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Rosie Dastgir’s Letter From Tokyo

April 19, 2020
by Rosie Dastgir

Contributing Writer Rosie Dastgir sent me this despatch with photographs from Tokyo

‎⁨Yoyogi Park⁩, ⁨Shibuya

There have been hints for days that the virus is coming to Tokyo – the thinned-out crowds along the Meguro River, banked with cherry blossom, the usual sakura celebrations eerily damped down. On the ten minute walk to Nakameguro, my subway station, I pass shuttered cocktail bars under the railway arches that stretch along a brightly lit street. Normally it thrums with people heading home from work for beer or piling into the many little ramen and sushi restaurants, and Spanish, Mexican and French bistros. A hasty shift from sit down service to takeaway is underway.

I arrived here in Japan in February to visit my husband who is working in Tokyo at present, not expecting to outstay the arrival of the blossom that heralds the arrival of spring. It is now past full bloom as I wait in abeyance, my flight home in March cancelled by the airline. We have been waiting for days for the government to announce a state of emergency and for lockdown in the world’s most populous city. But I do not know what is happening. I speak no Japanese and know barely anyone here. My Google Translate app is a slippery and unreliable friend when it comes to interpreting the written signs and warnings springing up on store fronts and lampposts.

At dusk, I walk outside to see what is still open. The young couple who run the miniature Italian bistro round the corner from our apartment wave through the lamplit windows where I ate a perfect pizza last week. I pause to peer through the blinds into the amber light. The folded-in air about the place has been been replaced by something else. There is a spirit of readying and preparation, with plastic boxes and dishes being lined up in cheery precision. On the blackboard outside, the only English word standing out is ‘takeaway’, giving me a pop of joy. Carbonara risotto and pizza margherita to go, which in Tokyo means beautifully cooked and then sculpted in Saran wrap.

The pink moon rises over the little graveyard beside the busy highway and I head to the 7–Eleven, the local convenience store that is my second home. It glows with possibility, the jingle soundtrack tinkling Cheer Up Sleepy Cheap as I drift round the shelves to see what is missing. The gaps speak of pragmatism rather than panic, I tell myself. The emptying began a month ago when semi lockdown was implemented in Tokyo, and schools and municipal spaces were closed. An extreme step for this orderly city which produced a quiet rush on hand sanitizer and face masks. Tylenol has fled the shelves. The anti-bacterial floor wipes are in peculiar demand. I try not to become restive.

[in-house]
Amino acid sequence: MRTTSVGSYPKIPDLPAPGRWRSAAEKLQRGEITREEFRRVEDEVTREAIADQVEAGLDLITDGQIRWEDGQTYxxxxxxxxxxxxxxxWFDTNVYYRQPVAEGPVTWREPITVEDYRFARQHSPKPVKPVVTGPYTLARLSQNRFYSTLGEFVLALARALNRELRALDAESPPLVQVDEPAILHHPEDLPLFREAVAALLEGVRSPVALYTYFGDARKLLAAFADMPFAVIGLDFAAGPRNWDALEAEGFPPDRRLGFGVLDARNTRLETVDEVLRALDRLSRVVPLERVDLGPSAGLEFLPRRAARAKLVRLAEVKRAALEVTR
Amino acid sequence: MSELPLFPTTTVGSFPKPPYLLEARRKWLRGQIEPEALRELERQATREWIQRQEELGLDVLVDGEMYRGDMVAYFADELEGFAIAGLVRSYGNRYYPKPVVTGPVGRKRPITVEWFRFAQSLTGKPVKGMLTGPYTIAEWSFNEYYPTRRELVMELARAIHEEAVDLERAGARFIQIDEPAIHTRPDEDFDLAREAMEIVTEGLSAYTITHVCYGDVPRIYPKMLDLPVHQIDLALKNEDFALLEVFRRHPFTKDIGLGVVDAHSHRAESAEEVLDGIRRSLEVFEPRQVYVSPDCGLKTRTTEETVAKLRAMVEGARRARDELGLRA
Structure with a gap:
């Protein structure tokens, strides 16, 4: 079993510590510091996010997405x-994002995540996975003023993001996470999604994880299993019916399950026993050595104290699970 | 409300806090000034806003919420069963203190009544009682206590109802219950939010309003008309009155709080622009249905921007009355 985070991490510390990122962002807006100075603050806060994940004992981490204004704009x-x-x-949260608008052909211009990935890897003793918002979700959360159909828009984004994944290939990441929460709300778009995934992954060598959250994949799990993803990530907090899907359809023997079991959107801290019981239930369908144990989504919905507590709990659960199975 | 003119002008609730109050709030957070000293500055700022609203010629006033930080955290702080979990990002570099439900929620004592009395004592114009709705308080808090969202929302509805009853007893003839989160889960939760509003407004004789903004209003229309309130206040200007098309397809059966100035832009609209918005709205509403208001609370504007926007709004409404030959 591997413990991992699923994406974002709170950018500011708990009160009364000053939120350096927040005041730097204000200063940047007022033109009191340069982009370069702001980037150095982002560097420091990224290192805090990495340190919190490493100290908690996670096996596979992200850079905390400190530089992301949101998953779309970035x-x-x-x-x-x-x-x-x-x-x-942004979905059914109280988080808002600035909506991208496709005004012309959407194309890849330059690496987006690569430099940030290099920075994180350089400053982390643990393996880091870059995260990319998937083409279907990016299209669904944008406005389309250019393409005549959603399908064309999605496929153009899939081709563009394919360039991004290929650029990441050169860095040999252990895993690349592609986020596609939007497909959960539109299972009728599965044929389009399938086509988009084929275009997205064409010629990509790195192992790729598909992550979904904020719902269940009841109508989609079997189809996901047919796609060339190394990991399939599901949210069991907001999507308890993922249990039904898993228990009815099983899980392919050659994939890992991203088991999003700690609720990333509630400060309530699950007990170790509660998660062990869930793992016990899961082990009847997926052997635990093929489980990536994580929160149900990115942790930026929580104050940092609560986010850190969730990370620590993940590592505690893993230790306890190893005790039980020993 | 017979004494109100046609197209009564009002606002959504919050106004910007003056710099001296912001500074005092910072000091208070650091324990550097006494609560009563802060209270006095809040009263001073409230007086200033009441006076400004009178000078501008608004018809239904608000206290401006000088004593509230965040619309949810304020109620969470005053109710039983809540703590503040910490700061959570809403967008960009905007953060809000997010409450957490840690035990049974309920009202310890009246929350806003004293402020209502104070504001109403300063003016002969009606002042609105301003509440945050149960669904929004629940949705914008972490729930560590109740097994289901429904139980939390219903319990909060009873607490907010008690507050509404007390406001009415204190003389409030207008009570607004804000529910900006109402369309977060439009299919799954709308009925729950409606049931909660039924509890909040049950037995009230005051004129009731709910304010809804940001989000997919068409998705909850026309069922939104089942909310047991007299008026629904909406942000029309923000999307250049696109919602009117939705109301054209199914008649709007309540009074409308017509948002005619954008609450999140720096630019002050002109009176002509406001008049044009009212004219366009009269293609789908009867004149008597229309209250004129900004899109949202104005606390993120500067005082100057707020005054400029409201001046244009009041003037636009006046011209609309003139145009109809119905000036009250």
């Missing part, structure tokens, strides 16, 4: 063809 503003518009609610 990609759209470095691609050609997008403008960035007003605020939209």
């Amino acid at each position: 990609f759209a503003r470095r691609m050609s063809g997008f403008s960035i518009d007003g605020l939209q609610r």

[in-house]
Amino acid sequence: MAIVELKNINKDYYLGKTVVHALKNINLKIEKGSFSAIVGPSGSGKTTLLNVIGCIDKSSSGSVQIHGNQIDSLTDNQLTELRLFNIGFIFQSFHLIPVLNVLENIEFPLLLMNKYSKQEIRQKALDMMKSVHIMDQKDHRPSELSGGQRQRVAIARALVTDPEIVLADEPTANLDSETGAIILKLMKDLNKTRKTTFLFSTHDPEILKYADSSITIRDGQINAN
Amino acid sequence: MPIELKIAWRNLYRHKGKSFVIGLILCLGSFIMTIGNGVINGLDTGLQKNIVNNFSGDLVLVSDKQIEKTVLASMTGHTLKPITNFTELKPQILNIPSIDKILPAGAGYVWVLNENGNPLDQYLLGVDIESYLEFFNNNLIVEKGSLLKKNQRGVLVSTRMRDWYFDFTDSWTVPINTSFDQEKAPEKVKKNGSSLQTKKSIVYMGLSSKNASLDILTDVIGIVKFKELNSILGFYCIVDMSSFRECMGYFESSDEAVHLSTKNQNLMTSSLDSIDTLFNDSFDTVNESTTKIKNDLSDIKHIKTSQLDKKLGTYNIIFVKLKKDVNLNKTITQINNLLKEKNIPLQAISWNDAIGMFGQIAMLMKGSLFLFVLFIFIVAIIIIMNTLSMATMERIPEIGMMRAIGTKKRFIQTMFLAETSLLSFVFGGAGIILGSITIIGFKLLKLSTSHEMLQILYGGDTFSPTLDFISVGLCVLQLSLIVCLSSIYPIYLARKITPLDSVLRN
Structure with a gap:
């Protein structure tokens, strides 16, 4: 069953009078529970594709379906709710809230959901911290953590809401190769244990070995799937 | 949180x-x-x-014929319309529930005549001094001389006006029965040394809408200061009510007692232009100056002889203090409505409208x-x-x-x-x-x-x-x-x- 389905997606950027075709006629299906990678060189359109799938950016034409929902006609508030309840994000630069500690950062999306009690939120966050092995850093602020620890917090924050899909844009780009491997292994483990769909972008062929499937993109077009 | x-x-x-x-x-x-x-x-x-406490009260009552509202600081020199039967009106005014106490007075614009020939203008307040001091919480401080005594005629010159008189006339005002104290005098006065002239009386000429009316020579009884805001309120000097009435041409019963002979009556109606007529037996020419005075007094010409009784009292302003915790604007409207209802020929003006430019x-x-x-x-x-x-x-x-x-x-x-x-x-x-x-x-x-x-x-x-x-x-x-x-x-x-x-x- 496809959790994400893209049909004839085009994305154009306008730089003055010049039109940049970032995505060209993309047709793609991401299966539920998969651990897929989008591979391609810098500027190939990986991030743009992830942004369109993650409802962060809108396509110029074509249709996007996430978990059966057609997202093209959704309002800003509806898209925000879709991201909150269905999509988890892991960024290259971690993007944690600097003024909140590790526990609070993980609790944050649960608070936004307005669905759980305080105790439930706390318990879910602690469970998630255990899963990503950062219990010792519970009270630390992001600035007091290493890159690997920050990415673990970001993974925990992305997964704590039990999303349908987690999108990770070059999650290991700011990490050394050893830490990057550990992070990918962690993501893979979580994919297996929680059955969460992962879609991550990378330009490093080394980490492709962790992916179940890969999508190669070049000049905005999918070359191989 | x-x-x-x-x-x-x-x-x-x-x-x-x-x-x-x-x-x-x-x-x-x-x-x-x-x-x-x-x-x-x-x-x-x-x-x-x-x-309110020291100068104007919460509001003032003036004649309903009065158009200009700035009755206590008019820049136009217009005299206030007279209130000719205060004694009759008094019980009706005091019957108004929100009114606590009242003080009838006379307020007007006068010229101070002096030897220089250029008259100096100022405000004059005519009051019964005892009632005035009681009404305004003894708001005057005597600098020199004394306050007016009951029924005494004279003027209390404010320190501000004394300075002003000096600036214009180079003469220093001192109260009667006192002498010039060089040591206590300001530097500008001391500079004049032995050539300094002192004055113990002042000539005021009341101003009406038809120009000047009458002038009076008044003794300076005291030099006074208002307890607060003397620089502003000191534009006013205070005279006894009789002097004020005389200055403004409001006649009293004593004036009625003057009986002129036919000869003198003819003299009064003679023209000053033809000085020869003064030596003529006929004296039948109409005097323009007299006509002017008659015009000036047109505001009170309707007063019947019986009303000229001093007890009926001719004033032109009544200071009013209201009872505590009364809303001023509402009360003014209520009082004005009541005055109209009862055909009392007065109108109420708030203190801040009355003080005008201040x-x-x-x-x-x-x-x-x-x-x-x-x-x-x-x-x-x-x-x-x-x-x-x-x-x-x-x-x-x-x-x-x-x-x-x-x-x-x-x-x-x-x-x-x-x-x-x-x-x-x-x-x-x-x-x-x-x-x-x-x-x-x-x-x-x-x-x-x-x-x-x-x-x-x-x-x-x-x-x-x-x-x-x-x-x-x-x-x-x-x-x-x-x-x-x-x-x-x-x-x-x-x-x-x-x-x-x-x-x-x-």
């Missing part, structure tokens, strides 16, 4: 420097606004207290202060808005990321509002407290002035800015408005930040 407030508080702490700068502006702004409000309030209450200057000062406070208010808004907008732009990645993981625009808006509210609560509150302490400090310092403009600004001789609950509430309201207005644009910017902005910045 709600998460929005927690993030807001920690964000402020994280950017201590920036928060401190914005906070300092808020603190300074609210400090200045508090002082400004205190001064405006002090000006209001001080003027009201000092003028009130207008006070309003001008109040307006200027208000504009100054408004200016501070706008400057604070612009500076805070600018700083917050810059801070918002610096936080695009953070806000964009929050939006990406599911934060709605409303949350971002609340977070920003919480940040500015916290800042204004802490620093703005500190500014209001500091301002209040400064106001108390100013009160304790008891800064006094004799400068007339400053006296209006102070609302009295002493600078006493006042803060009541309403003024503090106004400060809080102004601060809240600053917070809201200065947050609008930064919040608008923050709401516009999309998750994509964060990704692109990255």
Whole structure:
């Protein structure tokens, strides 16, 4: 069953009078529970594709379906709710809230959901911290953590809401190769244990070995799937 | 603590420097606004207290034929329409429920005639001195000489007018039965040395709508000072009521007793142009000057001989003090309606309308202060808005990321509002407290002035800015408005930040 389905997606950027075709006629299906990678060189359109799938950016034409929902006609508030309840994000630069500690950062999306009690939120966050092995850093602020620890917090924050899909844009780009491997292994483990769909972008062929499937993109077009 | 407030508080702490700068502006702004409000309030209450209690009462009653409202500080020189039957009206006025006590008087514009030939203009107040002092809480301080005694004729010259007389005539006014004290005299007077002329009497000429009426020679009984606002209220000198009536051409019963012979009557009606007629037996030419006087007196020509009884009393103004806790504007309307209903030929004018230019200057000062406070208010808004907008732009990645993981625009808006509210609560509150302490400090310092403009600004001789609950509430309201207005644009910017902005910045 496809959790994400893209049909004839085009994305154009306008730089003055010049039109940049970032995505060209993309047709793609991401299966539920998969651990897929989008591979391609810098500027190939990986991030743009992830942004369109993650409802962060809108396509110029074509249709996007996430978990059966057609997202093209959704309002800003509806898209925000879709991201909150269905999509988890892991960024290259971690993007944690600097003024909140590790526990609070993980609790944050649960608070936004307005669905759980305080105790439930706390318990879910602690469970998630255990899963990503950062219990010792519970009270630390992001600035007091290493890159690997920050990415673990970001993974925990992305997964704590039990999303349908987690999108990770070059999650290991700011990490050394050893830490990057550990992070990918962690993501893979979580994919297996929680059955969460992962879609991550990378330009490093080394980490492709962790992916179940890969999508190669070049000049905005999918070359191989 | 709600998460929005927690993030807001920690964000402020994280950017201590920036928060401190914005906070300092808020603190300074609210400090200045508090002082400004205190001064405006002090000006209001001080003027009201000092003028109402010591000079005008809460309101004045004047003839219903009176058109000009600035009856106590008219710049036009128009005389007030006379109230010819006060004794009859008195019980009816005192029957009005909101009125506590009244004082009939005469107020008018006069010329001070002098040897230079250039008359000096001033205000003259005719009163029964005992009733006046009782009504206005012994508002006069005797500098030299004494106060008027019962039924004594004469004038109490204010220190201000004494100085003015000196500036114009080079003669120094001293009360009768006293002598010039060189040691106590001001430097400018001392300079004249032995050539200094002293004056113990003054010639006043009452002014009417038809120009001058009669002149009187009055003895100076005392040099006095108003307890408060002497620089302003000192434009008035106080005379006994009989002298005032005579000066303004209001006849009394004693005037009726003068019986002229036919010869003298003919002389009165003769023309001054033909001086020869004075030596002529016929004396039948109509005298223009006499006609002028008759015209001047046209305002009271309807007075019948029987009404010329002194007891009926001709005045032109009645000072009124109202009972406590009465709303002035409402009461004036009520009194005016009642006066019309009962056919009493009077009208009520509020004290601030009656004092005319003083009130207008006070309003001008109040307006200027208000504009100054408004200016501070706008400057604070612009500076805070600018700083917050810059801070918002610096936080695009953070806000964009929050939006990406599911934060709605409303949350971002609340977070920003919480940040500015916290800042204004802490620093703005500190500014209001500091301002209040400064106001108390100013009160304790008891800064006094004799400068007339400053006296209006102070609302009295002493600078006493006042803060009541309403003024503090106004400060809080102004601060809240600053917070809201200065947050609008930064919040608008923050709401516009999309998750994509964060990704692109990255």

Here are the boys gathered around the magazine section, lost in manga comics. There is the cute girl printing out documents at the photocopier. A mother wrangles her knee-high charge in school uniform and a floral face mask. Oh, they are back to school then. The masked cashier greets me jubilantly with “Irasshaimasé!” as she scans my carton of milk, a bag of sesame crisps and the pale pink mascara wand I have chosen from the make-up section. In February, I bought a can of Sakura-themed Asahi beer here, shiny pink with blossom and still emblazoned with the doomed Tokyo 2020 Olympics. That is all over and hanafukui time is here now, flower snow drifting onto the paths and the river.

In the Tokyu Store, a supermarket close to the station, I stare at a blank space where I believe toilet roll once was and I angle my Google Translate at the label. A woman notices and knowingly advises me that Japan will not run out. “We have plenty,” she says and I do not doubt her. This is not what I fear.

Needling messages arrive – shot through with panic – from a friend in New York. The fear has gripped him now, as if he had not noticed what was going on for months in Wuhan and South Korea. It has come to Europe and the United States and friends are understandably terrified. On WhatsApp, I still glimpse reassuring frames of life from our home in London – the freshly washed cat, a glossy tuft of grass, a bowl of hummus, one of my daughters revising for university exams and an oil painting by the other.